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Adapting Your Financial Plan Ahead of Changing Policy

February 1, 2021
By: Chris Powers, Senior Vice President and Managing Director, Girard, a Univest Wealth Division

Many people are unsure how the incoming administration’s economic policy will impact them and are concerned about the potential for rising taxes. While Biden has committed to not raising taxes for individuals earning less than $400,000 per year, it may be a good idea to adapt financial plans to accommodate shifting tax policy.

Two key tax changes planned by the Biden administration include:

  • Taxing long-term capital gains and dividends at the ordinary income tax rate of 39.6% for annual incomes greater than $1 million.
  • Reducing the amount of funds an individual can transfer tax-free to $3.5 million for federal estate taxes and $1 million for federal gift taxes.
These potential changes have a lot of people asking, “Will my taxes go up?” Here is a little insight into how Americans’ finances could be impacted and what to do about it:

Estate taxes
It’s important to consider President Biden’s tax plans. Currently, the federal estate and gift tax exemption is very high, with individuals only paying estate or gift taxes on transfers exceeding $11.7 million (for 2021). Biden’s plan to reduce the thresholds for federal estate and gift taxes could affect many people who plan on leaving a financial legacy.
 
How to prepare: To prepare for potentially higher estate or gift taxes due to a lowered threshold, individuals may consider the use of various types of trusts, as well as other strategic planning, to transfer property and funds in a tax efficient manner. Individuals may also attempt to reduce estate settlement costs at death by removing certain assets from the probate process. For example, this can be accomplished through naming individual beneficiaries (such as spouses or others) on contract assets, such as retirement accounts and IRAs. With taxable accounts, individuals can utilize a stipulation called a “transfer on death” that essentially allows those assets to avoid probate and be given directly to the listed account beneficiary. By employing tactics like these, people can work toward reducing estate settlement costs and or taxes they may otherwise pay.

Capital gains

In the past, long-term capital gains were taxed at a lower rate than short-term capital gains. But the Biden administration’s plan to increase long-term capital gains taxes to 39.6% on annual incomes greater than $1 million means many Americans could face higher taxes on their investment returns. This tax increase may be unavoidable for many investors, but there are a few ways to potentially offset it.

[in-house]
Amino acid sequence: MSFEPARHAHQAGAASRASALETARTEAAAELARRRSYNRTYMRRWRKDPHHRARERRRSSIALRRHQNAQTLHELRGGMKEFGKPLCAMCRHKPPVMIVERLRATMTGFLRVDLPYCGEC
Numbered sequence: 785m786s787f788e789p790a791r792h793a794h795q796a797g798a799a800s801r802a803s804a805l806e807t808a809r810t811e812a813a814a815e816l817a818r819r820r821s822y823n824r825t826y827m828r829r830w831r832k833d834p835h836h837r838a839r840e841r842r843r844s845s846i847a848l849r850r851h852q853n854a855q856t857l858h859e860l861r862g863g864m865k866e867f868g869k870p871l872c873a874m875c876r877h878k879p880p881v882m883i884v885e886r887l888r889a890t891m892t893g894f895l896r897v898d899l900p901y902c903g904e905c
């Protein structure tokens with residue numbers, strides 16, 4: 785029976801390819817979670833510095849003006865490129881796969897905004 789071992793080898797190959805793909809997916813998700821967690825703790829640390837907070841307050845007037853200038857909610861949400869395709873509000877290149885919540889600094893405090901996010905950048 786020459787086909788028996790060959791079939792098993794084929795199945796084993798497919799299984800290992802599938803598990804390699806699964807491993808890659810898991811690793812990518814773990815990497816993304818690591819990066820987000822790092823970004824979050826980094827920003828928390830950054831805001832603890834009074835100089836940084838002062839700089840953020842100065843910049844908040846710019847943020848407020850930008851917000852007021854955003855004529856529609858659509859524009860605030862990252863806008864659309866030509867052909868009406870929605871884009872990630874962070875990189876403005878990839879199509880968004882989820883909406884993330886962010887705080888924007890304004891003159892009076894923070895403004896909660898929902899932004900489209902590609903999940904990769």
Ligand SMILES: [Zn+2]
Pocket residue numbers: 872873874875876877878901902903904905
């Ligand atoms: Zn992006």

How to prepare: One of our year-end planning tips comes in handy here: offsetting capital gains with capital losses. Investors can offset any gains during the year with losses, in order to lower their overall gains and decrease the funds exposed to a higher capital gains tax. Tax-deferred retirement plans can also be utilized, but ultimately, it’s important to work closely with your financial advisor and tax planner to solidify a tax and financial strategy that best suits your specific needs.

Many people can become worried about the implications of potential tax policy changes, or hopeful about the possibility of future tax breaks. However, it’s important to always plan defensively and remain adaptable, rather than make your financial security reliant on fiscal policy modifications that may or may not happen.

If you have any questions about adapting your financial plan to address future concerns, the advisors at Girard are here to help. Contact us to have a conversation about creating a comprehensive and adaptable plan for your financial future.


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This article is for general information purposes only and is not intended to provide legal, tax, accounting or financial advice. The information in this article, and any opinions expressed therein, do not constitute a recommendation or an offer to buy or sell any security or financial instrument. Viewers should consult with their financial, tax and/or legal professionals before making any financial or tax related decisions.